Let the games begin
By David Sweet
The recent WADE Conference in Boston brought together hundreds of the world’s leading authorities on decentralized energy, CHP, microgrids, efficiency, energy finance, project development, regulation and other topics for two days of learning, networking and associating. The main take-away is that the decentralized energy revolution is definitely underway and that a number of companies and business models are jockeying for leadership.
The direct consequences of the shale revolution in the US are by now fairly well documented with respect to increased supplies of natural gas, falling prices and the race to build gas liquefaction and export facilities. However, the secondary effects are still being sorted out as power generation, transportation, manufacturing and other users determine the best path forward to capture this new abundance of fossil fuels.
In the power sector the competitive landscape is especially interesting as natural gas-fired distributed technologies reach grid parity, especially in those markets characterized by rising costs for poles and wires as a result of Superstorm Sandy and the need to invest in greater system resiliency.
This shifting competitive landscape in turn has massive consequences for the business model of the traditional utility if customers are able to ‘cut the cord’ to the grid and bypass the system in favour of on-site power. The much feared and talked about utility death spiral could materialize in those markets with access to cheap gas supplies and relatively high delivered power costs. One of the featured speakers at the WADE Conference was Jim Rogers, the legendary utility CEO of Duke Energy, who stated that ‘there is a place for a new utility with a new business model for the 21st century, as well as a place for decentralized generation’. Rogers also observed that ‘virtually every power plant in the US will be retired or replaced by 2050’.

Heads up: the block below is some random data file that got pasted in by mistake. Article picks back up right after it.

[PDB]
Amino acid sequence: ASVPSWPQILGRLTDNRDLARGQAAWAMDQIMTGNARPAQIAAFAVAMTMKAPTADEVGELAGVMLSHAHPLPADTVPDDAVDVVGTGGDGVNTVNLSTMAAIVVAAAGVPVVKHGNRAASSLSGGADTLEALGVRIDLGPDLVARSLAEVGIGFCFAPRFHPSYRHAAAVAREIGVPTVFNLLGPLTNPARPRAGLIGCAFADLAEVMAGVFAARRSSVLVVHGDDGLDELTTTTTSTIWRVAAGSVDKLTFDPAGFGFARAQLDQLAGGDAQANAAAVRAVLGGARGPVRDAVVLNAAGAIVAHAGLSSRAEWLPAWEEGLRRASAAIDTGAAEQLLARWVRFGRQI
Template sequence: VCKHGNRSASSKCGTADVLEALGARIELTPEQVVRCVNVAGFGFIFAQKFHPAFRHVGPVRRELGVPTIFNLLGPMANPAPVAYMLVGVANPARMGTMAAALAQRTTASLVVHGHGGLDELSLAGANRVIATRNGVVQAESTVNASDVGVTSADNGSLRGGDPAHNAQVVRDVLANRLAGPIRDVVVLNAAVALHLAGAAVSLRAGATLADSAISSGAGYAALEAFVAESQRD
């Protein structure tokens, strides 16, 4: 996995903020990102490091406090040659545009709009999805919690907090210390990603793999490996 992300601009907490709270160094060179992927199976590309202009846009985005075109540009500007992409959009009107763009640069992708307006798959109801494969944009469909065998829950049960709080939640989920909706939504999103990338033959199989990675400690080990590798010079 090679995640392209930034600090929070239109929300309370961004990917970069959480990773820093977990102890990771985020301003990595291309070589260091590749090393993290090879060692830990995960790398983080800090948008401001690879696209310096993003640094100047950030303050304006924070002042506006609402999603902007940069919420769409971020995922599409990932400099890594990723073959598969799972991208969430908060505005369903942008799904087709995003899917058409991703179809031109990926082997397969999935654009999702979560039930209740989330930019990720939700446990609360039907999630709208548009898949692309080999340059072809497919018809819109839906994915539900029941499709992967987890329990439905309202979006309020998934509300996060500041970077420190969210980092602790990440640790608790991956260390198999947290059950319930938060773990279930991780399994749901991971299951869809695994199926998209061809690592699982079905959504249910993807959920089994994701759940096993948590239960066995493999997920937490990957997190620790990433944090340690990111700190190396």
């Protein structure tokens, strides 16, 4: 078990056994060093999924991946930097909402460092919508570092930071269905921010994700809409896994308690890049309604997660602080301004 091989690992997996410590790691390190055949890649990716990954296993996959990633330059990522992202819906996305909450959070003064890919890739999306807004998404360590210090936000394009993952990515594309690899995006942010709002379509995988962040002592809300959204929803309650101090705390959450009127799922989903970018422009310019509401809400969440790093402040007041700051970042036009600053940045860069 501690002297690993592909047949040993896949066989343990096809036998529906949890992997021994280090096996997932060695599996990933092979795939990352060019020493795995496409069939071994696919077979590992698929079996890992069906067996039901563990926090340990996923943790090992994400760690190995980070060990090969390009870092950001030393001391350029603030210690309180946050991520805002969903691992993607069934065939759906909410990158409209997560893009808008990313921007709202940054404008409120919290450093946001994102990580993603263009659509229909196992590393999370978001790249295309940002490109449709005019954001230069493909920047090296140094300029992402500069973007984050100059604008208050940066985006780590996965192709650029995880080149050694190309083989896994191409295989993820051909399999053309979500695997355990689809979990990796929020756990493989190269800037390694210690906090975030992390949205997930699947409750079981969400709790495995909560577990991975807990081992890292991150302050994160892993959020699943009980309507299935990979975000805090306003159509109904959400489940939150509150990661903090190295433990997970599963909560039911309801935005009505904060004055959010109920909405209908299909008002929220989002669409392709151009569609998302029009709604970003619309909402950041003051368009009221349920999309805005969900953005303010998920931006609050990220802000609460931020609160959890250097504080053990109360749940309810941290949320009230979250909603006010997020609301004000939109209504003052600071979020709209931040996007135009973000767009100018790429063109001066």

This will not only create new opportunities for new generation assets but will also change the competitive dynamics as new generation will not be competing with the same existing fleet of generating assets. In that case what is the role of the grid? According to Rogers, ‘the utility will primarily be a battery for the entire system’.
If the grid does in fact become the battery backup system to a wide ranging assortment of distributed generation technologies, then the utility becomes an enabler and not just a service provider. While distributed solar technologies might require grid battery support for half the day, gas-fired technologies will require different ‘battery backup service’ from the grid as they can run continuously for thousands of hours a year, coming off line for scheduled maintenance and repairs. Thus, Utility 2.0 business model becomes a shifting sand of roles, responsibilities, cost allocation, legal liability, and market penetration. The decentralized energy revolution is not necessarily a single destination, but will be an evolving and ongoing process, and the winners and losers are yet to come into focus.
New entrants and legacy utilities can co-exist, but it will be on different terms and under different rules of engagement.
Executive Director, WADE